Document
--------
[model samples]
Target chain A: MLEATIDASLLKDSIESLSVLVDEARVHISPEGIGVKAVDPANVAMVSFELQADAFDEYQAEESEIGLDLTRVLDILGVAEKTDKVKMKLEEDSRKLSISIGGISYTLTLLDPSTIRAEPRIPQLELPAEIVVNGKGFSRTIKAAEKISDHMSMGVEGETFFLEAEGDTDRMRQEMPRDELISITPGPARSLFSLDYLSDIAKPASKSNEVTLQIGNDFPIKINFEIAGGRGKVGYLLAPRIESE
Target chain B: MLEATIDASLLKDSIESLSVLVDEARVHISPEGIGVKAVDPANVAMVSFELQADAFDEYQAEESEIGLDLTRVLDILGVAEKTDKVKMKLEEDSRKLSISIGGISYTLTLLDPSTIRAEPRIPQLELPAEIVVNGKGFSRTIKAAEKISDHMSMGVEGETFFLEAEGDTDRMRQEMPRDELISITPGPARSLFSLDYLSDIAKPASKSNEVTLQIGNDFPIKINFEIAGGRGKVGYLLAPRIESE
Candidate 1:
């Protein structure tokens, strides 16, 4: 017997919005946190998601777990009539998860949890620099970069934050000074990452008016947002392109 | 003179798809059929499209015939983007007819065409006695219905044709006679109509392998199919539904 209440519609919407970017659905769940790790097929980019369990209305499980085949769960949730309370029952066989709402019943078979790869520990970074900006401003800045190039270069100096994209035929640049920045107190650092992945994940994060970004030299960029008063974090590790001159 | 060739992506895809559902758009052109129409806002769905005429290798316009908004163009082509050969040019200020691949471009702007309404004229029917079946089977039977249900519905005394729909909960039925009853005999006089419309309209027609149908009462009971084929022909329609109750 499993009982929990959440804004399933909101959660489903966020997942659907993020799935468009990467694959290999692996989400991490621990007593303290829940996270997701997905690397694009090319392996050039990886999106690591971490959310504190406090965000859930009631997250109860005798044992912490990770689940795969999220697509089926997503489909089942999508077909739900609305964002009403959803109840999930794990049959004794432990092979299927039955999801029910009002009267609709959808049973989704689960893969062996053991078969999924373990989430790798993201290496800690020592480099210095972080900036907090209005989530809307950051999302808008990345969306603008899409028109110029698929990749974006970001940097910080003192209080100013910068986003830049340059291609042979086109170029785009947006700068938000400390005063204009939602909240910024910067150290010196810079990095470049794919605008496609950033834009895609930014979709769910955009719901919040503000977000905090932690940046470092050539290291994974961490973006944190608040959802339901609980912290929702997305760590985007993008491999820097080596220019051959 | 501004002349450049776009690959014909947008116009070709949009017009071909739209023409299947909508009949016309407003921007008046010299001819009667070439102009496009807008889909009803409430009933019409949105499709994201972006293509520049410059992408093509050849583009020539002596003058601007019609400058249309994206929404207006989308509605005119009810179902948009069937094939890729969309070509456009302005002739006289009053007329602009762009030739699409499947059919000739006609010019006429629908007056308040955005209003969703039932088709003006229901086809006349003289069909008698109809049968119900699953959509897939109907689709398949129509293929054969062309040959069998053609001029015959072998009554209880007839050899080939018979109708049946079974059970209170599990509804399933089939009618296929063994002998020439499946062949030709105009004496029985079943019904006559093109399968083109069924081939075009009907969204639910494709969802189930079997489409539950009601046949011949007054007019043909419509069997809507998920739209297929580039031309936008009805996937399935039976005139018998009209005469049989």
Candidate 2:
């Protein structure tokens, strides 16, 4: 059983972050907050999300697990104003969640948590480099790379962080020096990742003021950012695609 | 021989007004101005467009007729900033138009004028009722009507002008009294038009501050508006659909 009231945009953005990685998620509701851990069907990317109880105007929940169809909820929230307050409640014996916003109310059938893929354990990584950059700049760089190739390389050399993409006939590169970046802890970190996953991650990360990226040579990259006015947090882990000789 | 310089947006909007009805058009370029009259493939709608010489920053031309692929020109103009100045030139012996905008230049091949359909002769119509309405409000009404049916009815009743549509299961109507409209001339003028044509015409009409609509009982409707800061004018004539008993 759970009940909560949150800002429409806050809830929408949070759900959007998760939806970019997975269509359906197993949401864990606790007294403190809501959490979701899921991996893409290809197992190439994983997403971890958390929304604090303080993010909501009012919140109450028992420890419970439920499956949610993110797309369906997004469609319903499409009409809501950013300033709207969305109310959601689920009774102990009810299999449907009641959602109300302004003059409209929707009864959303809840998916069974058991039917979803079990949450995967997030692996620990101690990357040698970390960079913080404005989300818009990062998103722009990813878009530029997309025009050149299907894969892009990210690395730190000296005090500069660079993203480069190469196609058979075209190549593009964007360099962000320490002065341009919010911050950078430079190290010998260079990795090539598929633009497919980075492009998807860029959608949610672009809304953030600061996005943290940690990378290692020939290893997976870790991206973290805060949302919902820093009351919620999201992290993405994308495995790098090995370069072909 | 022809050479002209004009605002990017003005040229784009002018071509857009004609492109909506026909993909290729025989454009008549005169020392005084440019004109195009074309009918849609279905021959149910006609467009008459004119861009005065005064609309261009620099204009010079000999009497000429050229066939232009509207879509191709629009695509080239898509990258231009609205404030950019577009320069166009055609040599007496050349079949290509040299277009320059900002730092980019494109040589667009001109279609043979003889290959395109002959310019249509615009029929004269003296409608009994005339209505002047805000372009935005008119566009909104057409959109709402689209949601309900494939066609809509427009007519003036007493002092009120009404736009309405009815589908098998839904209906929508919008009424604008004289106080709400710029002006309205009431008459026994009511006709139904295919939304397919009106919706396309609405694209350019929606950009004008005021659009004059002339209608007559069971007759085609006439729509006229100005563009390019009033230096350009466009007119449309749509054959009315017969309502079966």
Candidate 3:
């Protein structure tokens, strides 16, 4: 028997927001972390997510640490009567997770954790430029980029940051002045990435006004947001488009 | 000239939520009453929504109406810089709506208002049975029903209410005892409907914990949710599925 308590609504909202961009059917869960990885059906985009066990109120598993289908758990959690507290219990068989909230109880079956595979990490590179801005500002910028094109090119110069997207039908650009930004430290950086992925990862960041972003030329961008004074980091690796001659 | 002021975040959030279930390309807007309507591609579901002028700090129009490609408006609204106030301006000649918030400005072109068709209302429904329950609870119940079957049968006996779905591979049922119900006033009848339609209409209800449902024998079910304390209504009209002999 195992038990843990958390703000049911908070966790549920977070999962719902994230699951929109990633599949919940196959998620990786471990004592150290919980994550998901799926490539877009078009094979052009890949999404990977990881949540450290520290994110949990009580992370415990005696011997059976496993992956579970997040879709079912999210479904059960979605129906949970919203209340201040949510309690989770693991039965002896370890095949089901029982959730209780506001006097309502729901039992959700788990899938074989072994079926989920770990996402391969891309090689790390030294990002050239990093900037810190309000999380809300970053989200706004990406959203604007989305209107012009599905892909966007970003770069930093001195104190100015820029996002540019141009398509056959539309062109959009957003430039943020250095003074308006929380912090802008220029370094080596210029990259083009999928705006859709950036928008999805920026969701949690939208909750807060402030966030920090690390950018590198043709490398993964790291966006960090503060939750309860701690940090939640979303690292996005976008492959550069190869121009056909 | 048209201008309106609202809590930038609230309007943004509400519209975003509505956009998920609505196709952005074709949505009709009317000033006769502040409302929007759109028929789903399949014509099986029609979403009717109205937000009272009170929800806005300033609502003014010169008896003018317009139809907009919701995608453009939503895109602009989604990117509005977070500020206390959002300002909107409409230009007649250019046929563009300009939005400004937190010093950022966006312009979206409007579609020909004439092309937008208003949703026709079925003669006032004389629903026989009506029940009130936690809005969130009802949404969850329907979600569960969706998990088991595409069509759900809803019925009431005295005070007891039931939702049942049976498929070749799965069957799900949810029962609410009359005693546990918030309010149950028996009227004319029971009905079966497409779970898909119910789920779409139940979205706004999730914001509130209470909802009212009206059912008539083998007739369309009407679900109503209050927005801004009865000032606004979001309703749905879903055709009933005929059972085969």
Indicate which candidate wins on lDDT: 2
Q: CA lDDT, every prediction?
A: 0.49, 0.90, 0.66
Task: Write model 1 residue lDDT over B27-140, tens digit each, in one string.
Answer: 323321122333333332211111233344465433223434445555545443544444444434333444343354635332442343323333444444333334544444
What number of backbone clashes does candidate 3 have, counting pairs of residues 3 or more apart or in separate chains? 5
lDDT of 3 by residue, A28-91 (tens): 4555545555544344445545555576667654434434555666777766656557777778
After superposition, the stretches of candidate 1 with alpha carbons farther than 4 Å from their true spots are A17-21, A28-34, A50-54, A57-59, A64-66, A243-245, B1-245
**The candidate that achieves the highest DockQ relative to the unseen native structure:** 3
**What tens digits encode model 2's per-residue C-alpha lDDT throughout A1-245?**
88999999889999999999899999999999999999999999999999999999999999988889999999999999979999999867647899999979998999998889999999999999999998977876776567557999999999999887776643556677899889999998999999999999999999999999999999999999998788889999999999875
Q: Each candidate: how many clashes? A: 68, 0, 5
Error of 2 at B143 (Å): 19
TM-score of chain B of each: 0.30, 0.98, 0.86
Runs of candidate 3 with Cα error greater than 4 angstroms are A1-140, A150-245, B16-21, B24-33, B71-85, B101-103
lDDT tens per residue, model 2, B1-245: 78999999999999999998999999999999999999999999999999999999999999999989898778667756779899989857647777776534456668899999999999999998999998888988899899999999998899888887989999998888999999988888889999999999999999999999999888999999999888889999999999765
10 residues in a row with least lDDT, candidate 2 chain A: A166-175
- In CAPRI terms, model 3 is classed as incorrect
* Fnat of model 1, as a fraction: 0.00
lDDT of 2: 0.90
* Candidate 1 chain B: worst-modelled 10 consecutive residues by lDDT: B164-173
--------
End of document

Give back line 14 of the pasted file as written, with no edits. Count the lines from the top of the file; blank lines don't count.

Answer: 323321122333333332211111233344465433223434445555545443544444444434333444343354635332442343323333444444333334544444